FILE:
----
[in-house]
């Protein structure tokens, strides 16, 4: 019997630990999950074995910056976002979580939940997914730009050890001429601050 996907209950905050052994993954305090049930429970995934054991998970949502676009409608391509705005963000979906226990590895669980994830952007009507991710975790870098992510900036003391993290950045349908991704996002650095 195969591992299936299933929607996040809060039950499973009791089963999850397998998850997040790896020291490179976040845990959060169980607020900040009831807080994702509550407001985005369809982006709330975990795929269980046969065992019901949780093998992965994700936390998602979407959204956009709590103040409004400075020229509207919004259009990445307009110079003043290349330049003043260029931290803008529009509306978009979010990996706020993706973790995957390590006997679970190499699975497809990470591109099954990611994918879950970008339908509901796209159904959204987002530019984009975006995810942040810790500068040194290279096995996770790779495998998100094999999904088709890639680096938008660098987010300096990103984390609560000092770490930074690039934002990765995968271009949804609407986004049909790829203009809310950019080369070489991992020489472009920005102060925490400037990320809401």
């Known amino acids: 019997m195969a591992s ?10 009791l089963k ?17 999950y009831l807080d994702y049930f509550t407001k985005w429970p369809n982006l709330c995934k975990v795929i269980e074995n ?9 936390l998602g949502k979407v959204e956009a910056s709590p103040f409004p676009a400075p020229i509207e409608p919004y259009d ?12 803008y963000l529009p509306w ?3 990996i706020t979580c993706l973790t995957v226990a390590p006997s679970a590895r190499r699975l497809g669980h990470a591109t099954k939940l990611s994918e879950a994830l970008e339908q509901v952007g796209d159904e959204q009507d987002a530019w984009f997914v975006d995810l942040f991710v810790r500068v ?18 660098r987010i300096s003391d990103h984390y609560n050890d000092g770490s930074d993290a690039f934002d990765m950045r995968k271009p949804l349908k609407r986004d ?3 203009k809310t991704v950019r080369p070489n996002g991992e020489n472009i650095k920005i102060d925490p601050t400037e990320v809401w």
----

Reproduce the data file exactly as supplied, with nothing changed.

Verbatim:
[in-house]
């Protein structure tokens, strides 16, 4: 019997630990999950074995910056976002979580939940997914730009050890001429601050 996907209950905050052994993954305090049930429970995934054991998970949502676009409608391509705005963000979906226990590895669980994830952007009507991710975790870098992510900036003391993290950045349908991704996002650095 195969591992299936299933929607996040809060039950499973009791089963999850397998998850997040790896020291490179976040845990959060169980607020900040009831807080994702509550407001985005369809982006709330975990795929269980046969065992019901949780093998992965994700936390998602979407959204956009709590103040409004400075020229509207919004259009990445307009110079003043290349330049003043260029931290803008529009509306978009979010990996706020993706973790995957390590006997679970190499699975497809990470591109099954990611994918879950970008339908509901796209159904959204987002530019984009975006995810942040810790500068040194290279096995996770790779495998998100094999999904088709890639680096938008660098987010300096990103984390609560000092770490930074690039934002990765995968271009949804609407986004049909790829203009809310950019080369070489991992020489472009920005102060925490400037990320809401």
């Known amino acids: 019997m195969a591992s ?10 009791l089963k ?17 999950y009831l807080d994702y049930f509550t407001k985005w429970p369809n982006l709330c995934k975990v795929i269980e074995n ?9 936390l998602g949502k979407v959204e956009a910056s709590p103040f409004p676009a400075p020229i509207e409608p919004y259009d ?12 803008y963000l529009p509306w ?3 990996i706020t979580c993706l973790t995957v226990a390590p006997s679970a590895r190499r699975l497809g669980h990470a591109t099954k939940l990611s994918e879950a994830l970008e339908q509901v952007g796209d159904e959204q009507d987002a530019w984009f997914v975006d995810l942040f991710v810790r500068v ?18 660098r987010i300096s003391d990103h984390y609560n050890d000092g770490s930074d993290a690039f934002d990765m950045r995968k271009p949804l349908k609407r986004d ?3 203009k809310t991704v950019r080369p070489n996002g991992e020489n472009i650095k920005i102060d925490p601050t400037e990320v809401w």